The Canadian Opera Company billed this spring’s revival of The Magic Flute as a “whimsical comedy” and that’s pretty much what we get. Anna Theodosakis’ revival of Diane Paulus’ original production is more broadly comic than the original and downplays the few (not very effective) attempts at gravitas in its earlier iterations. It works on its own terms but it is not a Magic Flute for those looking for something with intellectual depth. I’m still not convinced by the “play within a play” schtick of the first act, which sets up the stage action as a performance at Pamina’s birthday party hosted by her father, Sarastro. This set-up is lost in the second act, which does contain some striking visuals notably in the trials scene where there is effective use of dancers and extras as fire and water.

Midori Marsh (Papagena) and Gordon Bintner (Papageno)
© Michael Cooper

The comedy was largely sustained by Gordon Bintner as Papageno. His body language was really quite funny and backed up a very solid singing performance. Midori Marsh, as ever the showman, made an effective foil as Papagena. Michael Colvin, singing Monostatos, was also an effective comedian and produced a performance which mercifully ignored the racial elements of the role and focused on the ridiculous side to good effect. The rest of the comedy came largely from the Three Ladies (Jamie Groote, Charlotte Siegel and Lauren Segal) who got maximum laughs out of just about every scene they appeared in and made an extremely enjoyable trio. The super playing the very camp dragon in the opening scene also deserves mention.

Ilker Arcayürek (Tamino) and Anna-Sophie Neher (Pamina)
© Michael Cooper

Of the “straight” characters, perhaps the most effective was Ilker Arcayürek's Tamino. He is a very stylish singer. His “Dies Bildnis” was lovely and throughout he maintained a pleasing blend of beautiful tone and expressiveness coupled with convincing acting. Anna-Sophie Neher as Pamina was making her first appearance in a major role on a major stage and, unsurprisingly, showed some first night nerves but generally it was a fine singing performance with her big arias showing appropriate emotion and some really good acting. Caroline Wettergreen’s Queen of the Night is not perhaps the scariest ever seen but was dramatically convincing and vocally impressive. Her coloratura was absolutely precise with the high notes clear and bright. David Leigh was a very fine Sarastro, his imposing appearance and strong, utterly solid, bass impressive. No wonder he has become something of a house favourite. The other roles were largely played by past and present members of the COC Ensemble Studio with a touch of luxury casting added with Russell Braun as the Speaker.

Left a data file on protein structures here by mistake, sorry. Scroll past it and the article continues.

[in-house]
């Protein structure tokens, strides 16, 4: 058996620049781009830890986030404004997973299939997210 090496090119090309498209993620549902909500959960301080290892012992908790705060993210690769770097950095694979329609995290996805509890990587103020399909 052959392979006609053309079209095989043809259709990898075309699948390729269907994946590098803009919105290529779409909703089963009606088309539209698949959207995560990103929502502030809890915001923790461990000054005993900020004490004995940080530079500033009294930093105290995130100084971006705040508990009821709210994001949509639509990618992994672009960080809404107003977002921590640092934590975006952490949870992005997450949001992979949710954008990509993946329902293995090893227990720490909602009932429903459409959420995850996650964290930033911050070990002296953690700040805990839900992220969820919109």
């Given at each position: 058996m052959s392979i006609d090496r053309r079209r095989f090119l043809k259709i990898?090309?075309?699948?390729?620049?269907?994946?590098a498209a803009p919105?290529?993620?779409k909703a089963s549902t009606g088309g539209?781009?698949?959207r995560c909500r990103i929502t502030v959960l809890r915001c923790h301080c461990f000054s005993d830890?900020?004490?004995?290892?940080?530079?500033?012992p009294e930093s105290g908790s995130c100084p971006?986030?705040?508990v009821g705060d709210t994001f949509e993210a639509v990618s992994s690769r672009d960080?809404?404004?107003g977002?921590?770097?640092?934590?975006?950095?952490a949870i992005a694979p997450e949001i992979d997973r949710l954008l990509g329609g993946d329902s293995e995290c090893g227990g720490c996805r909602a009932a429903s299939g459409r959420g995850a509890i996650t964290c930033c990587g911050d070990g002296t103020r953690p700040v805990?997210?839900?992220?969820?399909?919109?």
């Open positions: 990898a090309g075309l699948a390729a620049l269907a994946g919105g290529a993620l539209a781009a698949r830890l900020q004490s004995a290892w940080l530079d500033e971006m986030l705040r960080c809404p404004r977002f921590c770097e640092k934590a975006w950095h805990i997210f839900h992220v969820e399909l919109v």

Jamie Groote, Charlotte Siegel and Lauren Segal (The Three Ladies)
© Michael Cooper

Patrick Lange’s conducting was effectively unobtrusive. The singers were well supported and the ensemble work crisp. As ever, the COC Orchestra and Chorus were committed and excellent.

With so many young local singers and house favourites on show this felt like a kind of gentle home coming at the Four Seasons Centre. The lightening up of the production makes sense in the current climate and was clearly appreciated by the opening night crowd, although anybody hoping for profundity would have been disappointed. All in all this was an enjoyable evening at the opera, if not one for the ages.